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Cardinal George’s Christmas Homily, 2009

Glory to God in the highest; and on earth, peace.

Dear Brothers and Sisters in Christ,

In recent weeks, some of us of more mature age have probably been part of a conversation that starts: “What can I get you for Christmas? What would you like?” And the answer often is: “That’s very good of you, but I really don’t need anything.”  Since this is an unsatisfactory answer, of no use to one who would really like to respond to some need, the conversation is often repeated, if not this year then next.  “What can I get you for Christmas?”  I think the answer usually means: “My life is already cluttered in many ways, I have what I need, and one more thing won’t make a difference—but the love with which the question is asked does make a difference, and that’s enough, thanks.” 

Part of the joy in giving gifts to children lies in the fact that gifts can make a difference in their young lives.  Their lives are still open, and a gift brings them something they know they could not have had on their own and with only their own resources; it opens a space and creates new possibilities. A “present” becomes a real gift when it opens a new path, when it draws the recipient into a different experience.  Because children’s lives aren’t so cluttered, because they can still receive gifts, Jesus says that they make good citizens in the kingdom of heaven, a kingdom that is pure gift.

Glory to God in the highest; and on earth, peace.

The angels sing of a gift that gives glory to God and brings peace on earth.  God’s glory is something we can’t give or receive on our own; and Christ’s peace is not ours, it is a peace born of love and not from conquest.  Who then is this Jesus, the Father’s gift to a world that often says, “No thanks, we’re all right on our own?”  At Christmas, our eyes see him as one like us, and that is true; but it doesn’t adequately explain the difference that Jesus makes.  At Christmas, however, faith tell us that he comes from God in the highest; and that is not only true, it makes him uniquely gift.  “The gift, the grace of God has appeared,” St. Paul writes.  And the great eastern Father of the Church, St. John Chrysostom, preached four centuries after St. Paul: “The ancient of Days has become an infant. He who sits upon the sublime and heavenly Throne now lies in a manger.  And He who cannot be touched now lies subject to the hands of men.  He who has broken the bonds of sinners is now bound by an infant’s bands.  He has decreed that ignominy shall become honor, infamy be clothed with glory and total humiliation be the measure of his goodness.”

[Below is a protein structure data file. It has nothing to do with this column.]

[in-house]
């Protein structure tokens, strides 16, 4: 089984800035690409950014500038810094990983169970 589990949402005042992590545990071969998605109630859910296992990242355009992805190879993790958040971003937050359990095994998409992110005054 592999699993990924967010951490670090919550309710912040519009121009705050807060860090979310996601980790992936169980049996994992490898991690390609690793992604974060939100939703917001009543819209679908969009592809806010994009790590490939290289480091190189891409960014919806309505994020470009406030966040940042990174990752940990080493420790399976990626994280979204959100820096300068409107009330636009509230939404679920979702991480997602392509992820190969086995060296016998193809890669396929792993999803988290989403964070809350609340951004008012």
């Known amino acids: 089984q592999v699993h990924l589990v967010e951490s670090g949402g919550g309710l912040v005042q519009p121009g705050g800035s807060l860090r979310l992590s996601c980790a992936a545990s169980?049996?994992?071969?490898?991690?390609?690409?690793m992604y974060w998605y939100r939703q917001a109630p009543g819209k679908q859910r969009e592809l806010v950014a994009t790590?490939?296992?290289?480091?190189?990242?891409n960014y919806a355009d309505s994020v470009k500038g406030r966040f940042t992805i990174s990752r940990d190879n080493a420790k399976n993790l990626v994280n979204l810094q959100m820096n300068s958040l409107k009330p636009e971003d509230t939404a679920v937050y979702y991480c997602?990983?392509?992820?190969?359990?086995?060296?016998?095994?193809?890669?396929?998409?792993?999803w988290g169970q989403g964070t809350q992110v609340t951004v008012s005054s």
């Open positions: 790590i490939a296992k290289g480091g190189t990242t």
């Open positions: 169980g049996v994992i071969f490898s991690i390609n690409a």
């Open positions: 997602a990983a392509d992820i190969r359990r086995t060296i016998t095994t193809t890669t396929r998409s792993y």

Glory to God in the highest; and on earth, peace.

Dear friends in Christ, the mission of the Church in every generation is to introduce the world to its savior.  He is pure gift.  He opens a new path in our sinful lives, he makes space in the midst of our clutter and fills it with peace born of an infinite love.  We might ask: What clutters our lives this Christmas and gets in the way of receiving God’s gift?  The clutter of this Christmas, 2009, includes still an economy based not on gift, not on generosity, but on the exigencies of equations that do not balance because human beings too often figure only secondarily in them.  The clutter includes the challenge of providing adequate health care for everyone without deliberately killing anyone.  The clutter has us struggling to address the world as creation, as gift given us to share and not to exploit.  The clutter has us involved in conflicts at home and wars abroad that defy God’s promise of peace.  To these we can add the clutter of our personal lives and family concerns, and yet…tonight we hear: Glory to God in the highest; and on earth, peace.  In worship here, we join those who first heard this song: the shepherds, the poor, the uncomprehending animals, St. Joseph and the Blessed Virgin Mary.

Tonight the gift is ours for the asking.  “What do you want for Christmas?”  If we answer, “Jesus,” he will stretch us; he will, like a good gift, open up new paths and invite us to experiences marked by deep and universal love.  Our hearts will be opened if tonight we hasten to Bethlehem to meet the Lord and listen again to the angels’ song, our song as friends of God in Christ Jesus: Glory to God in the highest; and on earth, peace.

Francis Cardinal George, OMI